For the Record Beth Ann Bovino SL Magazine October 2013




“One of the bright spots I see is that the private sector has been able to absorb two fiscal shocks and still spend, invest and hire.”

Beth Ann BovinoBeth Ann Bovino was recently named U.S. chief economist for Standard & Poor’s Ratings Services, where she develops U.S. economic forecasts, writes popular publications on the U.S. economy, and is known for her exceptional ability in forecasting economic trends. Prior to joining Standard and Poor’s, Bovino worked on economic and market research with Sungard Institutional Brokerage, UBS Warburg and the Federal Reserve. She has a doctorate in economics from Columbia University, a master’s in international and development economics from Yale University, and a bachelor’s degree in economics from the Wharton School at the University of Pennsylvania.

STATE LEGISLATURES: What are the most formidable challenges facing the U.S. economy?

BOVINO: There are a few things that weigh on my mind. Top of the list, of course, is what is happening in Washington, D.C. Now that the U.S. government failed to approve another continuing resolution, the federal government is shutdown, with many workers furloughed without pay. On top of that, the Treasury hits the debt ceiling soon. Both events weigh on the economy and certainly cause businesses to be concerned and hold back on spending and investing.

SL: What else concerns you?

BOVINO: Other factors at play include issues surrounding Europe. Could what’s happening with Europe—their debt ceiling and sovereign crisis—show up on U.S. shores and cause banks to hold back on lending as well? And the final thing that worries me is what’s happening with the labor market. We are seeing an improvement, but we still have a lot of people unemployed, and for a long time. The longer they stay out of work, the more their skills are hurt and the more likely it becomes that when they do get a job, they will have lower wages.

SL: What are the greatest strengths in the U.S. economy?

BOVINO: After four years of holding back on spending and saving a bit more, businesses are sitting on a lot of cash. This puts us in a good place. One of the bright spots I see is that the private sector has been able to absorb two fiscal shocks—the sequestration and the fiscal cliff deal in January—and still spend, invest and hire. Businesses have added 200,000 jobs a month, even with sequestration. That means people can spend a bit more, which they are doing.

SL: What effect will further gridlock in our nation’s capital have on the national economy?

BOVINO: Another factor just starting to play into the economy is furloughs. Furloughs started kicking into full gear in July. When people, in this case government workers, have smaller paychecks, that might be a weight on consumer spending down the road.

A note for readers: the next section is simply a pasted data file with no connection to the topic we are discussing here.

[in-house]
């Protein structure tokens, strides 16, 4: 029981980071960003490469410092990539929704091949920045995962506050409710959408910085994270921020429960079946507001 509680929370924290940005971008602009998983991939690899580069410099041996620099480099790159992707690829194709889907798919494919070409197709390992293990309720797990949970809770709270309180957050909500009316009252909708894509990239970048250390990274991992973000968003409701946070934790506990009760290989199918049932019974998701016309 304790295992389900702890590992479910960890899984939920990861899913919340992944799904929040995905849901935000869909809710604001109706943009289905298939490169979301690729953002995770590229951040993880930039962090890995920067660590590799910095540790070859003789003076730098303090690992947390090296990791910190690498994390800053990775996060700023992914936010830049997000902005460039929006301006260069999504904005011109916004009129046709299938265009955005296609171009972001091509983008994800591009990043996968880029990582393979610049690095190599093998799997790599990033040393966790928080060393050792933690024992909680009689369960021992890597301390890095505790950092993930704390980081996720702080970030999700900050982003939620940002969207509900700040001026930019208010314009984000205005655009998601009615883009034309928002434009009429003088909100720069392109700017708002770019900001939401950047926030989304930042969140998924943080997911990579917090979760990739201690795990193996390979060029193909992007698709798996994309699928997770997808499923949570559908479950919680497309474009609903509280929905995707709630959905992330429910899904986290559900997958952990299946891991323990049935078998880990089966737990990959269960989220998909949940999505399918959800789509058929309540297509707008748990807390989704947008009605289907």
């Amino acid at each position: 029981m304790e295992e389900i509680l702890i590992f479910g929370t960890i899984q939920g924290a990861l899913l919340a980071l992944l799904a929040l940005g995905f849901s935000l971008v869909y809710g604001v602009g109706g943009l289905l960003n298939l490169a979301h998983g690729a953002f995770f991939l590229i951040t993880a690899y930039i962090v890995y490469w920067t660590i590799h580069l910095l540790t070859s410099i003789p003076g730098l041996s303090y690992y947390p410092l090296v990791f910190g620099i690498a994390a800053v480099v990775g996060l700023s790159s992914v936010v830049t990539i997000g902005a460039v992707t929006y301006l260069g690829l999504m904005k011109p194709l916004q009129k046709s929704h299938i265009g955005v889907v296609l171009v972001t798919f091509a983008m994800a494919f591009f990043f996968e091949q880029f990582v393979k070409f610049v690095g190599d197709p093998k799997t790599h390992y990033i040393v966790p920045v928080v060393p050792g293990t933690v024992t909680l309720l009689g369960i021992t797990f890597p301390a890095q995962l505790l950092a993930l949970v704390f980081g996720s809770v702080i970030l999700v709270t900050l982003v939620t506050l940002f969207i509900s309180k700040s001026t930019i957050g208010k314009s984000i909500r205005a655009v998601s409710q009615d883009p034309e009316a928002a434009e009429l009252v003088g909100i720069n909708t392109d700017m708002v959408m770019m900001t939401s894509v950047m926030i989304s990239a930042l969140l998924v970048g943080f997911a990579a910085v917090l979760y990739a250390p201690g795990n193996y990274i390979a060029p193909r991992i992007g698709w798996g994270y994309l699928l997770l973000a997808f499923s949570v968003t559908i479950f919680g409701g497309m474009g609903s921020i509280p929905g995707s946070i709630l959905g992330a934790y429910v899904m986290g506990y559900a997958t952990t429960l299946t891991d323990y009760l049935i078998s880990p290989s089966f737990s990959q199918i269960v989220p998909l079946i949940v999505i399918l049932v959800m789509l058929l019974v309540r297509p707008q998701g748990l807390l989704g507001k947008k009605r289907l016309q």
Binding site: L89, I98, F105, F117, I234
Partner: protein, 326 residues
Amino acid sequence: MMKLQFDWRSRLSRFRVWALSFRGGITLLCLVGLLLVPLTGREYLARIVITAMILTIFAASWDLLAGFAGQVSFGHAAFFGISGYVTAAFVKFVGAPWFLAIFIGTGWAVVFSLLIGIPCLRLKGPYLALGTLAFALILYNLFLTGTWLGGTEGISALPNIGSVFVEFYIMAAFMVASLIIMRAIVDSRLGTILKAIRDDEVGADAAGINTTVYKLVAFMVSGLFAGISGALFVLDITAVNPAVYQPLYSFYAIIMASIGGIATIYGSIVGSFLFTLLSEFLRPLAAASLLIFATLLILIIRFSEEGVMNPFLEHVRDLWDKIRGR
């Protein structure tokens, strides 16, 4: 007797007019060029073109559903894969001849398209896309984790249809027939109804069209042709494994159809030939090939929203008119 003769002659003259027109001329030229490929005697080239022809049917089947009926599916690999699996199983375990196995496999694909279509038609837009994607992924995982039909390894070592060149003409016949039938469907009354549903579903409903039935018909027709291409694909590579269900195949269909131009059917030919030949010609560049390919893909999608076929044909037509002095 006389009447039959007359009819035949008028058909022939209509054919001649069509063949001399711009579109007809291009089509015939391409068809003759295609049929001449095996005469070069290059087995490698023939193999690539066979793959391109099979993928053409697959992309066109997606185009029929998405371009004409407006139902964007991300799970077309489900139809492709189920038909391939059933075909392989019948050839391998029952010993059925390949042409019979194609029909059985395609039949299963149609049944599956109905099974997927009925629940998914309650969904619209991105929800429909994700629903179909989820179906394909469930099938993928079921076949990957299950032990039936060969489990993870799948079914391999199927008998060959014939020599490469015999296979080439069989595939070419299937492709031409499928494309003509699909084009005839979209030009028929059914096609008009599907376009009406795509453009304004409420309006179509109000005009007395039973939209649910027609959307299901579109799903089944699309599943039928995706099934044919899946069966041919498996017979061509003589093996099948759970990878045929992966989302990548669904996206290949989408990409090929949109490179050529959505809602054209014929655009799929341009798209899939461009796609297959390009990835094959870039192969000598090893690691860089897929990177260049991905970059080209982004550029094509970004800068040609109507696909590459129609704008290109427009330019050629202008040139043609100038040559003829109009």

SL: During the last debate over the debt ceiling, Standard & Poor’s downgraded its U.S. debt rating. What are the prospects for another downgrade?

BOVINO: The decline in the effectiveness and predictability of fiscal policymaking was the prime reason for the 2011 downgrade, so that’s already factored into the current rating. With the economy actually getting stronger and stronger, the rating group has removed the negative outlook on the AA+ rating. That means they now believe there is less than a one-third chance of another downgrade—an improving scenario. They also, however, made it clear that if political brinkmanship becomes more extreme or deficits widen, via rollbacks on sequestration, for example, without offsetting measures, that would raise risks to the U.S rating.

SL: Which economic sectors look the most promising?

BOVINO: Energy. Energy is small in the United States, but it’s growing, and I expect it will develop even further. U.S. energy production is predicted to be the largest in the world, surpassing Saudi Arabia. Energy production helps bring manufacturing back to the United States. It also lowers electric bills—all positive. It also has an effect on infrastructure. Pipelines need to be in place, railroads need to get this energy out across the country, and we need to be able to export it, as well. All this strengthens manufacturing, and will continue to do so down the road.

SL: Which economic sectors concern you most?

BOVINO: Consumer spending. It is a large chunk of the economy, and we need to see jobs coming back. Right now the 7.4 percent unemployment rate may be a lot better than the 10 percent we saw just a few years ago, but we need to get back to normal levels of around 6 percent. That seems to be a ways away.

SL: How does an aging workforce affect the U.S. economy?

BOVINO: During the recession, as baby boomers saw their nest eggs start to shrink, they continued to work. But eventually, they do have to retire, and that is a particular concern for the federal budget. In 2010, four workers were able to pay for the retirement benefits of one retiree. But in about 20 years, there will be only two workers for every one retiree. That’s going to be a big weight on public finances and something certainly to consider down the road.

Editor’s note: This interview is part of a series of conversations with national leaders. It has been edited for length and clarity. The opinions are the interviewee’s and not necessarily NCSL’s.

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